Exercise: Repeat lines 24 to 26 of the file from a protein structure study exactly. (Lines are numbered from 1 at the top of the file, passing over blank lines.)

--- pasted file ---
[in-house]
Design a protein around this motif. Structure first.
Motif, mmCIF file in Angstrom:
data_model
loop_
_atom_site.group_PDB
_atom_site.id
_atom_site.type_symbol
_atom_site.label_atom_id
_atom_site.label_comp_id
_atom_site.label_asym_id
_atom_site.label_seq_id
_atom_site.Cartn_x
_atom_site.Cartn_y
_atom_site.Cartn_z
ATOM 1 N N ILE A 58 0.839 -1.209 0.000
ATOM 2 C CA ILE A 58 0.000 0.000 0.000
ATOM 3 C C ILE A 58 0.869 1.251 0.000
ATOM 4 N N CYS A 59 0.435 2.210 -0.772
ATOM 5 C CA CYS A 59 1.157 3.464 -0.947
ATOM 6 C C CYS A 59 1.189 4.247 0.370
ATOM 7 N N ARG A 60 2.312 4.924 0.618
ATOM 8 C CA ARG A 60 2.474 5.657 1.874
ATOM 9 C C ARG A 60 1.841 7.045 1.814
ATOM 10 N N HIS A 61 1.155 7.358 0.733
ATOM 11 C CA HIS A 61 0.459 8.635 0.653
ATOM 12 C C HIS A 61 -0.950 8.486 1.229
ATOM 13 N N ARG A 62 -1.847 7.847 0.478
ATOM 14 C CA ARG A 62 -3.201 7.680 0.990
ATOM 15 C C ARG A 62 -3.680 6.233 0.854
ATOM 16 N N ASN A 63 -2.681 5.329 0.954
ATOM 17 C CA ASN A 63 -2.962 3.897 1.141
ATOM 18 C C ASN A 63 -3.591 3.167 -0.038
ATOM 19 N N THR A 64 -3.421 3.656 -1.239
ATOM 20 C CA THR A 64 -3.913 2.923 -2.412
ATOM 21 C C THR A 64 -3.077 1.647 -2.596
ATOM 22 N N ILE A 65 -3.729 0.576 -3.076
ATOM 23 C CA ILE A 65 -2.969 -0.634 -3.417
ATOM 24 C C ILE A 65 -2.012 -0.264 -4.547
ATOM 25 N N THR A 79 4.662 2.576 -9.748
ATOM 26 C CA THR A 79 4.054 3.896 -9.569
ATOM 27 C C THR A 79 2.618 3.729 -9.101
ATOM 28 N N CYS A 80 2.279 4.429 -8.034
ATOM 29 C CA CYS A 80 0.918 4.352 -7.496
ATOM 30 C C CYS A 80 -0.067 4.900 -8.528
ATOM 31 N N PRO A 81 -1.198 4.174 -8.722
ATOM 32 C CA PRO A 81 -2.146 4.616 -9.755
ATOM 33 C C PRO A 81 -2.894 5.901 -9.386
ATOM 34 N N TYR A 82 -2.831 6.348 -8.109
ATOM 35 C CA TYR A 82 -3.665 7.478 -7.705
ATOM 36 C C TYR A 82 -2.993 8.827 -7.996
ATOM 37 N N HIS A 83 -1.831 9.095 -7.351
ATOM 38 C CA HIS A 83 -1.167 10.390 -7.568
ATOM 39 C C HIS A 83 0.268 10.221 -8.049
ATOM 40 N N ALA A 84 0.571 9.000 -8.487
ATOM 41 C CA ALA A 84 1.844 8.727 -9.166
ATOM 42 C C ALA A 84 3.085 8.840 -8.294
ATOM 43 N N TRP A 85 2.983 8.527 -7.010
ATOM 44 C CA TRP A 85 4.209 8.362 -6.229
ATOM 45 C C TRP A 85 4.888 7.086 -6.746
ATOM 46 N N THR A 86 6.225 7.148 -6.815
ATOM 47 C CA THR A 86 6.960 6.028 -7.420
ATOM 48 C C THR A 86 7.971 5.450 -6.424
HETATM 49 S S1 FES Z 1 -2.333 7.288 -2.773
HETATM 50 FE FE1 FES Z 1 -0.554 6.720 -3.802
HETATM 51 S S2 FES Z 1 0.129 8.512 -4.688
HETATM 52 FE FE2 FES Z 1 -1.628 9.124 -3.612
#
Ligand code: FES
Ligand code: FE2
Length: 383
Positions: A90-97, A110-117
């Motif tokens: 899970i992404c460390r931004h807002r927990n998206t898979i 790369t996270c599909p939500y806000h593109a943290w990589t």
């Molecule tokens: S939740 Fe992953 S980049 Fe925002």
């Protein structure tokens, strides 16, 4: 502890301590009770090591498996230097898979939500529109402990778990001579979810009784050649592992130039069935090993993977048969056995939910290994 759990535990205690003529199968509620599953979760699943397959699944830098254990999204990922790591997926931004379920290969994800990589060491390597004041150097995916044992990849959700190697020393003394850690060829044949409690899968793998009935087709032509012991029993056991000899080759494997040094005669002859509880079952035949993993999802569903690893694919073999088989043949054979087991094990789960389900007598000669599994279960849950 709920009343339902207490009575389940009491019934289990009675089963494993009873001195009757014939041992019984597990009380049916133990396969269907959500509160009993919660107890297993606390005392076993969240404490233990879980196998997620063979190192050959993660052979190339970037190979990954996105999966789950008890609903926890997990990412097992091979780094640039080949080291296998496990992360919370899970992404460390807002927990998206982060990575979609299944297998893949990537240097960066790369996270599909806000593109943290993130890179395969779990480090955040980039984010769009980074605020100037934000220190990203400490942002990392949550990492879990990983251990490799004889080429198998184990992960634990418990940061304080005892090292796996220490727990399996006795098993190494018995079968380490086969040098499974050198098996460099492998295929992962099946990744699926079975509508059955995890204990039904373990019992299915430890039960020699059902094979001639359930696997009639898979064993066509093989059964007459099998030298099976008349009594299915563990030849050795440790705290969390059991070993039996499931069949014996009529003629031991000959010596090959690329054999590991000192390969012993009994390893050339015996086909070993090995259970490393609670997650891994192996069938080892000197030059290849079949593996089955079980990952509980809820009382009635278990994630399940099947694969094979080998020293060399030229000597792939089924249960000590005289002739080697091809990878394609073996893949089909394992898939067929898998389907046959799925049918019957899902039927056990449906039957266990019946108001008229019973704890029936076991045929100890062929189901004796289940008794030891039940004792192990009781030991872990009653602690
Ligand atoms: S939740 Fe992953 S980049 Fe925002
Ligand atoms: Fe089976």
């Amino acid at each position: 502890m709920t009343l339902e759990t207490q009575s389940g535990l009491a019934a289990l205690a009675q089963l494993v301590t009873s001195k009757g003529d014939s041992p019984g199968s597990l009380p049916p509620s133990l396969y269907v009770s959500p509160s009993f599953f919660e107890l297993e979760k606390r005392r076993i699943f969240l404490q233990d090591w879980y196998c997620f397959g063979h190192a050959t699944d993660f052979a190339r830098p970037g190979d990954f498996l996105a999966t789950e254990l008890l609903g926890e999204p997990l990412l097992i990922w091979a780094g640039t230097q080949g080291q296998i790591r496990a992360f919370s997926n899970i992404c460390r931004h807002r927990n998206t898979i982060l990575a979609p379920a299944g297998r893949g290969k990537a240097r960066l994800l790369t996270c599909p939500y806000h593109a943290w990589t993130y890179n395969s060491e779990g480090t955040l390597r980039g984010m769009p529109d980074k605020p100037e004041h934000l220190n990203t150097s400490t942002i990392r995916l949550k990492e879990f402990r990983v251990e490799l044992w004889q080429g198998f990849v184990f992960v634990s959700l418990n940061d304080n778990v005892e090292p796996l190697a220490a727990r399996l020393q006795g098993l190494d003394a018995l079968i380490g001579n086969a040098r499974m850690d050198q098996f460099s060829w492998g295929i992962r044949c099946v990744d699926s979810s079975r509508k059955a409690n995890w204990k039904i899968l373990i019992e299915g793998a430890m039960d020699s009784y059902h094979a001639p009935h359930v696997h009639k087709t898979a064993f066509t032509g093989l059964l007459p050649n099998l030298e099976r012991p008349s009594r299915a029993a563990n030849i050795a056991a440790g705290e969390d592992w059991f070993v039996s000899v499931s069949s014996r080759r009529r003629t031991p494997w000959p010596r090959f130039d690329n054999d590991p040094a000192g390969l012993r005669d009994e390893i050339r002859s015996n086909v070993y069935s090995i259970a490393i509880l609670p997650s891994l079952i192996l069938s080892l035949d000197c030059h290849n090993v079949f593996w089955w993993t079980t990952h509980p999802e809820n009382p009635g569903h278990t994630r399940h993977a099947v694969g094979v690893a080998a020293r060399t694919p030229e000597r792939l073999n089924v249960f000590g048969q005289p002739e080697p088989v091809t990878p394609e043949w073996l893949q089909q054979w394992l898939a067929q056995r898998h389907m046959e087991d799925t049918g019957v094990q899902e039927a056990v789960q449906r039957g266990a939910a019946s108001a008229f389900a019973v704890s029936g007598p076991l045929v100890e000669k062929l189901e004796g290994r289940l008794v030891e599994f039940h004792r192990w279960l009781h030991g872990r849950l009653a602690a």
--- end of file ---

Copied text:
ATOM 9 C C ARG A 60 1.841 7.045 1.814
ATOM 10 N N HIS A 61 1.155 7.358 0.733
ATOM 11 C CA HIS A 61 0.459 8.635 0.653